Are you recently been dealing with jaw pain? Is there a terrible clicking sound? Have you noticed that you can only eat a certain variety of meals? Read on to see how physiotherapy might help you.
Understanding the TMJ pain
Although most people believe that pain and dysfunction in the jaw are only due to the temporomandibular joint (TMJ), this term refers to a range of diseases that affect the masticatory muscles, the joint itself, and other tissues.
These are included in a broader temporomandibular disorders (TMD) category. The most typical cause of orofacial discomfort with a non-dental etiology is TMD. The most prevalent temporomandibular problem is myofascial pain.
What makes it unique?
Unlike many other joints in the body, a little disc rests between the head of the mandible and the skull. This little disc frequently moves out of place in TMJ problems. This may subsequently limit the mandibular’s range of motion, resulting in uncomfortable mouth opening. When you open your mouth, the mandible may occasionally move to one side, depending on the disc’s position.
What causes TMJ dysfunction?
Tightness in certain jaw muscles is frequently the cause of TMJ dysfunction. The masseter and the temporalis are two of the most often tense muscles. These muscles can tighten up for various causes, including stress, car accidents, dental procedures that require keeping the mouth open for an extended amount of time, overeating hard foods, and even excessive gum chewing.
TMJ is one of the primary causes of persistent orofacial discomfort, making it difficult to eat, talk, read loudly, or even shout. Additionally, these problems are frequently linked to other head and neck-related symptoms, including headache, ear-related symptoms, neck discomfort, and poor head and cervical posture.
Additionally, TMJ can cause symptoms like joint noises. These include crepitus or clicking, which can limit jaw movement.
The discal and capsular ligaments’ elongation and compression of the methodical tissues are the causes of joint discomfort. TMJ clicking appears connected to ligament issues and changes in the condyle-disc assembly during jaw movement.
Physiotherapy for TMJ treatment
The most popular form of treatment for TMD and TMJ is physical therapy. Therapy aims to lessen neck and jaw pain, help patients open their mouths without pain, increase range of motion, and encourage activity to preserve good function. TMJ Physiotherapists in Calgary and elsewhere assist with all these conditions that can cause discomfort and the inability to move your jaw without anesthesia, injections, or surgery.
Massages of aching muscles are only one aspect of physical therapy. It is a complete strategy to lessen discomfort and increase strength, flexibility, and range of motion. To support you with self-management strategies and exercises to get long-term relief, physics uses manual therapy as a window of opportunity to increase your strength, flexibility, and range of motion.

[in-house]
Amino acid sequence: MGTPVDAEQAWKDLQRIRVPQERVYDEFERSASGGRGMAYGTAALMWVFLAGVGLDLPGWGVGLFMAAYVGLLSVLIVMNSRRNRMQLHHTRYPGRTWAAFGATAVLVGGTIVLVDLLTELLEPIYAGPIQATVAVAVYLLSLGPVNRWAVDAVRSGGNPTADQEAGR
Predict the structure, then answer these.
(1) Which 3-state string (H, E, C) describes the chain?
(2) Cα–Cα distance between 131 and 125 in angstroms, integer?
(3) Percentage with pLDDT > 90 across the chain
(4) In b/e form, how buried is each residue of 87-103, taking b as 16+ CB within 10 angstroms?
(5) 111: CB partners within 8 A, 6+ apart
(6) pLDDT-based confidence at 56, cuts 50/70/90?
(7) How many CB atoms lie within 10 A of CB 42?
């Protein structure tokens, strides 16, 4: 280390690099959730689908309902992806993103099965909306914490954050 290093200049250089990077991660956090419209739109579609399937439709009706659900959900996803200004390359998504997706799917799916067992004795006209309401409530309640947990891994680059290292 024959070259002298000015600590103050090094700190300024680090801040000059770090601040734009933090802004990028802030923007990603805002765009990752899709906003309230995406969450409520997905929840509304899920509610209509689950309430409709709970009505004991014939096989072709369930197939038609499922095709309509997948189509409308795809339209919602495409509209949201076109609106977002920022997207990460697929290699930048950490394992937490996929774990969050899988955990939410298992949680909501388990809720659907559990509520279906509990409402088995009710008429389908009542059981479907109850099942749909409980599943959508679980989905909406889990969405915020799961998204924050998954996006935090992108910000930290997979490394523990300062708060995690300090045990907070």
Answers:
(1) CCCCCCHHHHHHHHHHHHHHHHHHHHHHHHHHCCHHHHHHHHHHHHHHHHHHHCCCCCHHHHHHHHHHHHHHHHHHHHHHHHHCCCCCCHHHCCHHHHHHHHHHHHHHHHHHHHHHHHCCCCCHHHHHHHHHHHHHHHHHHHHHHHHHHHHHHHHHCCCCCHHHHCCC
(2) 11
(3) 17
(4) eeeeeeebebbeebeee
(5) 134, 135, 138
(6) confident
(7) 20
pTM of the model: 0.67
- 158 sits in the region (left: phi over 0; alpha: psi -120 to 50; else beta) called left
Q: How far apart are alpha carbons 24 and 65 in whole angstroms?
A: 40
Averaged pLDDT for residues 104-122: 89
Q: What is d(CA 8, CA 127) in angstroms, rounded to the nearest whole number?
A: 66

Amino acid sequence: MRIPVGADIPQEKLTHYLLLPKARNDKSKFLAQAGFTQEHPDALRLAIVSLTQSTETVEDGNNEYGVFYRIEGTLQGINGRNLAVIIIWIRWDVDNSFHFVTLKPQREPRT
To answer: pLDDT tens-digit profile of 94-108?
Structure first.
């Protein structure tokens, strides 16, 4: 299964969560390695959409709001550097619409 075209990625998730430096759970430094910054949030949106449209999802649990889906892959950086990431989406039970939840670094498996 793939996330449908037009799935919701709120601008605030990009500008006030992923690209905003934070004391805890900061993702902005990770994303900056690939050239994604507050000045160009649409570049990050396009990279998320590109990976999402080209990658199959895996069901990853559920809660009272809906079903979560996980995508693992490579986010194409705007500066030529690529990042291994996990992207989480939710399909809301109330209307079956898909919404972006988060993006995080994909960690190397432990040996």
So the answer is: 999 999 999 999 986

Physical treatment is also far more efficient than TENS machines, heat packs, lasers, ultrasounds, and laser therapy. Even though these techniques have been around for a while, people still employ them to get unsatisfactory outcomes.
Orofacial physical therapy is a specific form of physical therapy that targets reducing discomfort for people with TMJ in the neck, mouth, and shoulders. The exercises are intended to improve the alignment of the head and neck, and both active and passive mouth exercises help ease musculoskeletal discomfort. Since it is clinically helpful in enhancing function and decreasing pain, exercise therapy has been utilized for decades.
Your dentist or orofacial specialist and a physical therapist can collaborate to decide if neck and jaw surgery is the best course of action for you.
Managing the daily pressures depends on taking good care of your health. Shoulders and neck muscles tense up more under stress. This stress may manifest in the jaw region and cause teeth grinding.
While you’re sleeping at night, your jaws may clench. Consider any discomfort you may feel when you first wake up to see whether you could be unknowingly keeping tension in your jaw.
The good news is that you don’t have to put up with TMJ pain, and surgery is not necessary nor advised for most patients. According to patients, physiotherapy may successfully treat TMJ discomfort and dysfunction. The larger physiotherapy and clinical research groups also confirm this.
TMJ physiotherapists can help overcome TMJ headaches and other musculoskeletal pain while helping patients better understand their TMJ problem by taking care of their jaw muscles and joints. Such
This thorough method of TMJ physical treatment can assist patients long-term and lo r the likelihood of recurrence.
A physiotherapist can assist you in determining the underlying causes and devise a plan for long-term relief from jaw pain, whether you are suffering from it due to a physical injury, teeth grinding, or muscular imbalances.